March 6, 2001
Lambda AIDS Project Director Catherine A. Hanssens said, "This ruling is wonderful news for people with HIV as well as for a potential foster family and the children who can benefit from their care. Unfounded fears that rationalize discrimination against people with HIV are particularly pernicious when the source is a government agency. This agency's harmful overreaction has now been corrected."
The couple in the lawsuit, identified as Mary Doe, 52, and John Doe, 51, of State College, Pennsylvania, applied in 1998 to become foster parents. Before her marriage, Mary Doe had won awards for her dedication to foster children with special needs, taking in eight foster children and adopting seven of them. Two of those seven children, including a severely disabled 11-year-old son with AIDS, still live with the couple.
But when the Does revealed that one of their sons has AIDS, Centre County Children and Youth Services created a policy barring the placement of HIV negative children in homes with children who have HIV. The county insisted there is always a risk of sexual assault from a foster child that could lead to HIV infection, and that roughhousing with a child with HIV could also transmit his infection to the foster child. A federal district court agreed.
Lambda joined the appeal, arguing on behalf of 13 public health, AIDS, and child advocacy organizations that such discrimination against this family lacks any sound public health basis and violates the Americans with Disabilities Act by relying on generalized fears about HIV rather than an assessment of the individual family's circumstances and each child's behavior.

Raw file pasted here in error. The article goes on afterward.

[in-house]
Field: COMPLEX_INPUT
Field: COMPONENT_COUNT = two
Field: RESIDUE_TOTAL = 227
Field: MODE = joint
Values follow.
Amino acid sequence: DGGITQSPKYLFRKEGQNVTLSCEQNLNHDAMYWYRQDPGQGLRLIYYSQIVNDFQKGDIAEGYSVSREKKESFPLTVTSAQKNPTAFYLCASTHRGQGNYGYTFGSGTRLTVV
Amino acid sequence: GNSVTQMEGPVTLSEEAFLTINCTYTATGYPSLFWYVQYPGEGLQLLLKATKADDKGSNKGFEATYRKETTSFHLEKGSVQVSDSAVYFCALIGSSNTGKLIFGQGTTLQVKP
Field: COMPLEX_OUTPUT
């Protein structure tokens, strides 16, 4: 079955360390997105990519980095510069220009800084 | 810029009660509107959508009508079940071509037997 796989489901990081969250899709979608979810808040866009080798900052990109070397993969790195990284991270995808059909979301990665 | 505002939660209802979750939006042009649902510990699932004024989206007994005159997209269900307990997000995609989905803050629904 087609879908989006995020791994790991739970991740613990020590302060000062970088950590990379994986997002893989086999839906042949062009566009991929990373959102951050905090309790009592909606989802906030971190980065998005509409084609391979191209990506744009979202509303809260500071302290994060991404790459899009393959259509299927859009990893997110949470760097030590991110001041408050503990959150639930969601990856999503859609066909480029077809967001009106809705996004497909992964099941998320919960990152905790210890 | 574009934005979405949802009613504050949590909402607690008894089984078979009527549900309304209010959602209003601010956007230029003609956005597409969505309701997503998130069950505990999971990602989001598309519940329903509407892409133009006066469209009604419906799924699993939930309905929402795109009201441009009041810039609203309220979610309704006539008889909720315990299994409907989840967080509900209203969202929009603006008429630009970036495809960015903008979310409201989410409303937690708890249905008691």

In its unanimous decision, a panel for the Third Circuit Court of Appeals reversed the lower court ruling, criticizing its reliance on "a bland and generalized set of statistics" about the risks of sexual abuse among foster children and speculations about HIV transmission through physical roughhousing. The court concluded that "the County's blanket policy discriminates against the Does because of [their son's] HIV positive status even though the probability of HIV transmission, and consequently the risk, is next to zero."
The court also rejected the County's "informed consent" exception to the policy, which would have allowed a foster care placement if the Does revealed that a family member has AIDS to the child's biological parents, and the parents gave written consent to the placement. The court said that there was "no basis for engrafting the concept" of consent onto the federal disability discrimination law.
"The court rejected the County's portrayal of HIV as a risk during play and its painting of all foster children as sexual predators," said Lambda Staff Attorney Colleen Sullivan, adding, "Clearly, the County grossly overreacted to bar this wonderful family and others from serving as foster parents because of exaggerated fears about HIV that would deny needy children a chance for a loving home."
Lambda's amicus brief, authored by Hanssens and Sullivan, was joined by leading public health and children advocacy groups: Attorneys for American Public Health Association, AIDS Law Project of Pennsylvania, Alliance for Children's Rights, the Juvenile Law Center, Lawyers for Children, Legal Aid for Children/Pittsburgh, the Legal Aid Society of New York/Juvenile Rights Division, the National Alliance of State and Territorial AIDS Directors, National Center for Youth Law, the Support Center for Child Advocates, the Youth Law Center, the Association of Maternal and Child Health, and AIDS Alliance for Children, Youth and Families. The Does are represented by Matthew M. Gutt of the law firm Ballard Spahr Andrews & Ingersoll and the ACLU of Pennsylvania.
Headquartered in New York and with regional offices in Chicago, Los Angeles, and Atlanta, Lambda is the nation's oldest and largest legal organization dedicated to lesbians, gay men, and people with HIV/AIDS.
Peg Byron 212-809-8585 x 230, 888-987-1984 (pager)
Catherine A. Hanssens 212-809-8585 x 215
(Doe v. County of Centre, No. 00-3195)